We’re quite fortunate to be able to exercise some control over the day to day running of our lives, yet eventually there comes a time when we have to let go and cede the reins into the hands of others. Generally, I find these moments quite exciting, delivering myself to the ebb of chaos with that look of a child about to tear into his Christmas presents. But not this time. There is nothing remotely exciting about ceding my life into the hands of a pilot and a crew of aircraft maintenance engineers. In fact it is probably my greatest fear.
I pondered this whilst a man removed his jacket, placed it in the overhead compartment and lowered his large frame into the seat next to mine. I turned my head and cursed the ticket allocation machine for denying me the company of a striking looking red head I had noticed in the departure lounge. I also wanted to stop myself from staring at the small goatee beard he sported on his chin which was dyed crimson pink, perfectly matching the colour of his shirt. Was this intentional ? Did he dye it depending on his chosen attire for the day ? Colour coordinated body hair ?
It was only after dinner had been served did we start talking. The person in front of me had just reclined their chair, upsetting my drink and causing it to spill all over my jeans. He offered me his serviette and thus we embarked upon the usual exchange of pleasantries: Why are you going to Chile ? Where are you from ? What do you do ? And so forth.
His name was Waldo. He was born in Chile but lived in England and was returning to see friends and family, as he did every couple of years. He lent to the left when Pinochet came to power during the bloody coup of September 11th 1973. Consequently, he served a few years in prison and then left for England on his release. He had been a keen footballer in his youth and was fortunate to be given a trial for Portsmouth Football team on his arrival. This was the first link in the chain of our bond as I was born and raised in Portsmouth and an avid supporter of the local team…currently lying fourth in the premiership as I write this. Unfortunately Waldo broke both his legs some months later thus ending his short professional football career. He went on to help coach the youth team and now works as a drug counselor.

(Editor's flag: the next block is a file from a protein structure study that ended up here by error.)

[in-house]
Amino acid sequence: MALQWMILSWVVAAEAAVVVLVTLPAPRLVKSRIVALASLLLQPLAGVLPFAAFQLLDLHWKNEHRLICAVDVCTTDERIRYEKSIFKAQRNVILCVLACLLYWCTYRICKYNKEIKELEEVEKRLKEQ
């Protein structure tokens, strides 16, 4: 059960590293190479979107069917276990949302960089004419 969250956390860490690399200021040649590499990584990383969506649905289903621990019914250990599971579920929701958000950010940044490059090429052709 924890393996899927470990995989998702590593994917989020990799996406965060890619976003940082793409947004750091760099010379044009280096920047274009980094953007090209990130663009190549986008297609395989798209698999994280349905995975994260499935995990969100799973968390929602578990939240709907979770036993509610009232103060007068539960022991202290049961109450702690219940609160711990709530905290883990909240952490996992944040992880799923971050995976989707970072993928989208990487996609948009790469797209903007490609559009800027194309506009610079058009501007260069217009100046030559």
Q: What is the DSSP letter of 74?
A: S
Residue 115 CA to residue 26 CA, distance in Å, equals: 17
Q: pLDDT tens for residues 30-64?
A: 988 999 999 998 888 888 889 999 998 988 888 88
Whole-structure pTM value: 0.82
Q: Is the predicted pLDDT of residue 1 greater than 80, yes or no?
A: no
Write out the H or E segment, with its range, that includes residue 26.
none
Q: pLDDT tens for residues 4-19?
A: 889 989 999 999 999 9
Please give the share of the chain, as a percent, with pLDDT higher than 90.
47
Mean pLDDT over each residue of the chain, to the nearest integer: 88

As the flight went on into the night, Waldo and I discussed the Chilean coup at great length. The effect it had on his life and how he had to bring his British born children with him when he first returned for fear of being re-arrested. His disdain for the “Chicago Boys”, the group of Chilean students educated in Milton Friedman’s shock therapy economics at the University of Chicago and widely considered responsible for Chile’s disastrous economical policies during Pinochet’s rule. His appreciation of Victor Jara, the Chilean poet, songwriter, guitarist, theatre director and university lecturer arrested, brutally tortured and machine gunned to death in the Santiago Stadium (renamed the Estadio Victor Jara in 2003). And how he, along with a network of like minded dissidents, continued to promote social change throughout the duration of Pinochet’s regime.
Chile is a different country today and Waldo is pleased of the changes he sees taking place. He will retire in three years and hopes to use his UK pension to return home and establish a youth workshop to encourage development through art, craft, music and sport.
When the plane landed in Santiago, we exchanged email addresses and said goodbye. As I joined the rest of the Beyond Endurance team at baggage reclaim I was again struck by the nature of chaos and, instead of cursing the ticket allocation machine, I thanked it dearly for allowing me to share the company of such an honourable and courageous man.